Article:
Today I’m welcoming Waheed Rabbani to my series of author interviews. Waheed is the author of Doctor Margaret’s Sea Chest, the first book in a historical fiction trilogy.
Elizabeth: Can you tell us a little about Doctor Margaret’s Sea Chest?
Waheed: Doctor Margaret’s Sea Chest is Book I of The Azadi Trilogy. This series of historical fiction novels is set during India’s struggle for freedom—Azadi—from the British Raj. The Books weave a tale of international intrigue, conflict, and poignant love between interesting characters of that era.
In 1965 an over 100-year-old sea chest, of an American doctor, Margaret, is discovered in the storage room of a hospital in Delhi. Another American doctor, Sharif, who originally hails from Delhi and is on contract at the hospital, is entrusted with the task of locating the mysterious woman’s relatives and returning her trunk.
Margaret, born in New Jersey, achieves her heart’s desire, in 1850, to become one of the first North American women doctors. She marries her Canadian cousin, Robert, and travels with him to serve in the Crimean war of 1854. There, they have to not only face hardships of battles, but also endure other conflicts. The surprise ending of Book I, leaves Margaret in a quandary, whether to seek vengeance or to continue with her journey to India.
The novel explores Christian and Missionary norms, and Victorian values. The Underground Railroad and the wars of 1812 and in the Crimea, are covered in a unique way.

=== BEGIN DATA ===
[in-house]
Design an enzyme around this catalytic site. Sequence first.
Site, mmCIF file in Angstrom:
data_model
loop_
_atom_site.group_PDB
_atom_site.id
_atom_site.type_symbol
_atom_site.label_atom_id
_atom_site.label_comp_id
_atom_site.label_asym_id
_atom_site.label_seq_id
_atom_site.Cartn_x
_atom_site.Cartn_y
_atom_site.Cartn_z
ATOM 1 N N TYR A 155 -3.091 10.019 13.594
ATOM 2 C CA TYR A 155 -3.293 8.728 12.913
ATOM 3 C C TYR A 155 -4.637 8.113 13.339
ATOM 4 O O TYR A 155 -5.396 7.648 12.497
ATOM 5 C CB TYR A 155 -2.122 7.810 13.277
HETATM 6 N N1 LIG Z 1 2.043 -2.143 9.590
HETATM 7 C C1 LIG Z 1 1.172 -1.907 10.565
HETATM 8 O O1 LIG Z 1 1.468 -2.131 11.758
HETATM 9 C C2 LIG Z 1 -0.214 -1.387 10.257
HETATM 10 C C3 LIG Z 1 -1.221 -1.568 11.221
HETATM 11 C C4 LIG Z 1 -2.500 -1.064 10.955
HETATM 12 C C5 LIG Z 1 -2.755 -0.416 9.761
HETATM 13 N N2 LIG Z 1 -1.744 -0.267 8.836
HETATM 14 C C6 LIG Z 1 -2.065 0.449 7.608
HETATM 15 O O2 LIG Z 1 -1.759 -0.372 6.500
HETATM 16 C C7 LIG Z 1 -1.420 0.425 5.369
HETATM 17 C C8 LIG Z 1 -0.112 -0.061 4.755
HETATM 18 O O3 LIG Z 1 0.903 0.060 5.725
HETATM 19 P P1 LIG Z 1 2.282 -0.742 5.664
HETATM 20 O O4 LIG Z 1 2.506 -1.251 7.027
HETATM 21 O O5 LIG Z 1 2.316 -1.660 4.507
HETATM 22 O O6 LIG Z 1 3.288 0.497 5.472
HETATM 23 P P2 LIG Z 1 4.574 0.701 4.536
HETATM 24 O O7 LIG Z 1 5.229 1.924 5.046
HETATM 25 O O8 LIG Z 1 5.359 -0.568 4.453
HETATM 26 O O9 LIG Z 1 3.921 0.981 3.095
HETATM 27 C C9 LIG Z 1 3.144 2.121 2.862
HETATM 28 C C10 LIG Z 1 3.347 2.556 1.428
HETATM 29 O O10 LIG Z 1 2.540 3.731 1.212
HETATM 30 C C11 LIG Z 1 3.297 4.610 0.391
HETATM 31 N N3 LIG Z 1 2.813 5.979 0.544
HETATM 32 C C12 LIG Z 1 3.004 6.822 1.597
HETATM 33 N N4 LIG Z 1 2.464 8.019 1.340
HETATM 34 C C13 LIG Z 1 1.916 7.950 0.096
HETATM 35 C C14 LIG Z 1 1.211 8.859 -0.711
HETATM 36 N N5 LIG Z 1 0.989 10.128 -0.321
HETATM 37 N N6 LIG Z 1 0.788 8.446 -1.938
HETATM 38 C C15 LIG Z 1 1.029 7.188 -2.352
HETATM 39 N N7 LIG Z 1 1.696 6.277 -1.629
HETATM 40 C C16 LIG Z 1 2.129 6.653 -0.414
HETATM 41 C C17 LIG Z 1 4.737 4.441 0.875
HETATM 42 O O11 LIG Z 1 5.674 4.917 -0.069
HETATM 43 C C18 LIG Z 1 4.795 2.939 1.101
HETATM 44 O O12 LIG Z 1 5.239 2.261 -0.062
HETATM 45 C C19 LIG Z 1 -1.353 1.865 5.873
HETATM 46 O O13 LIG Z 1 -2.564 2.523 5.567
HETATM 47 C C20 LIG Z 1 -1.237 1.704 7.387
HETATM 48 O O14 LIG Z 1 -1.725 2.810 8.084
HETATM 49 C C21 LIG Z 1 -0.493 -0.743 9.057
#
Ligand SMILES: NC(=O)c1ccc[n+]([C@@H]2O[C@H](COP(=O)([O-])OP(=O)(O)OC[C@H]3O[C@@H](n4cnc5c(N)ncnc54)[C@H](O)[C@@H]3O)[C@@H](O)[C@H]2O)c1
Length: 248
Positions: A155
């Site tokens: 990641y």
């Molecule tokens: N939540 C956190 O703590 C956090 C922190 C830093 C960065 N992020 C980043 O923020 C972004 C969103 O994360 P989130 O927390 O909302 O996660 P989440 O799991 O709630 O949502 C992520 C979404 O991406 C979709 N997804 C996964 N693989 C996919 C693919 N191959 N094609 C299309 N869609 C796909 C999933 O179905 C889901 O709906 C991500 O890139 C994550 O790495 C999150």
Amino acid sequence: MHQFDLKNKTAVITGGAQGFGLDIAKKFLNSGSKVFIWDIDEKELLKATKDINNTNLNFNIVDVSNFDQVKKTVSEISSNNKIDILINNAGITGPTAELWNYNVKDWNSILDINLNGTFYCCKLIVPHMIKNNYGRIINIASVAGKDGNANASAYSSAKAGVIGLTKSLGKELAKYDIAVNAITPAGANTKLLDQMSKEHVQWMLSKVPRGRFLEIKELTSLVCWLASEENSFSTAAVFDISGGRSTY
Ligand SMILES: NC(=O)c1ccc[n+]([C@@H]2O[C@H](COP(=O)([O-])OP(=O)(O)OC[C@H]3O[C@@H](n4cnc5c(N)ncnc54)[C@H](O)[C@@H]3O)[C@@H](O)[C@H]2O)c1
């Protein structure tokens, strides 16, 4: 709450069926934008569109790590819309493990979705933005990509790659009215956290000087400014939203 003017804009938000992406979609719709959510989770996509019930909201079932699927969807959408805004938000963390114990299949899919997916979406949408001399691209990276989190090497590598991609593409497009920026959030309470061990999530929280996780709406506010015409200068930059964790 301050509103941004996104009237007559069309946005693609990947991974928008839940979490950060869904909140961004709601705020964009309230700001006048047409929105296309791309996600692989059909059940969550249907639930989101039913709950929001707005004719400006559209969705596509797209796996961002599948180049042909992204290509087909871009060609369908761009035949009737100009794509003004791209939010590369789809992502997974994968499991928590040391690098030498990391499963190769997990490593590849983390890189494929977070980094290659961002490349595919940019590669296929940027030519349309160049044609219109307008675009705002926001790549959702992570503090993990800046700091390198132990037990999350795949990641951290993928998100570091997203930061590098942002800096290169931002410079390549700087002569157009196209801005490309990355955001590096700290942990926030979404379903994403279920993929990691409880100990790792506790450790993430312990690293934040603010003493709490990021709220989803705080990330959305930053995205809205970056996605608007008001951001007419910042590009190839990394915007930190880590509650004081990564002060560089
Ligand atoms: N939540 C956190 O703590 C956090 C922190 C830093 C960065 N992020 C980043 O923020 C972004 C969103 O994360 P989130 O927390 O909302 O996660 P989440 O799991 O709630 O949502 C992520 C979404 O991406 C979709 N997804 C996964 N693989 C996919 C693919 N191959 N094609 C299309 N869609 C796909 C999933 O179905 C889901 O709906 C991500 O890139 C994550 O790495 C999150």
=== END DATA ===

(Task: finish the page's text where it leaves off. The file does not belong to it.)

Elizabeth: Have you already started writing books 2 and 3? Where do you see the story going?
Waheed: Yes, Book II: The Rani’s Doctor is nearing completion and would be published early in 2013. It continues with Margaret’s story upon her arrival in India and serving at a military hospital in Delhi and later her appointment as a physician to the Rani of Jhansi. There she is caught up in the 1857 Mutiny/Rebellion. Book III has been plotted. It covers the subsequent period up to 1947 when India finally achieves her independence. It is told through the eyes of Margaret’s descendants.
Elizabeth: How much historical fact is woven into your novels?
Waheed: These being historical fiction novels, the historical events are all accurate. While in the novel there are some real life personalities, the major characters are fictional, and their story is inter woven with the historical, and fictional, happenings. This enables covering the historical period in a non-intrusive manner, such that readers would find the story not only interesting, but furthering their understanding of the history from a pleasurable reading of the novel.
Elizabeth: How do you do your research?
Waheed: Fortunately, most of the primary sources (diaries, letters, accounts, etc) written in the early nineteenth century, being out of copyright, with the advent of internet are now available on-line. Hence, I did not have to travel to the central depositories (such as the British Library in London). Although I did travel to India and visited some of the locations I’ve covered in the novel.
Elizabeth: What is your writing process?
Waheed: I am a bit of both: a plotter and a “pantster.” While I do outline and timeline the events, invariably, I find the characters take over the acting of the scene. I am happy to let them carry on, even if it means tweaking the plot. It seems to me that this process results in a more natural (if you will) unforced narrative, which I’m sure readers would enjoy more.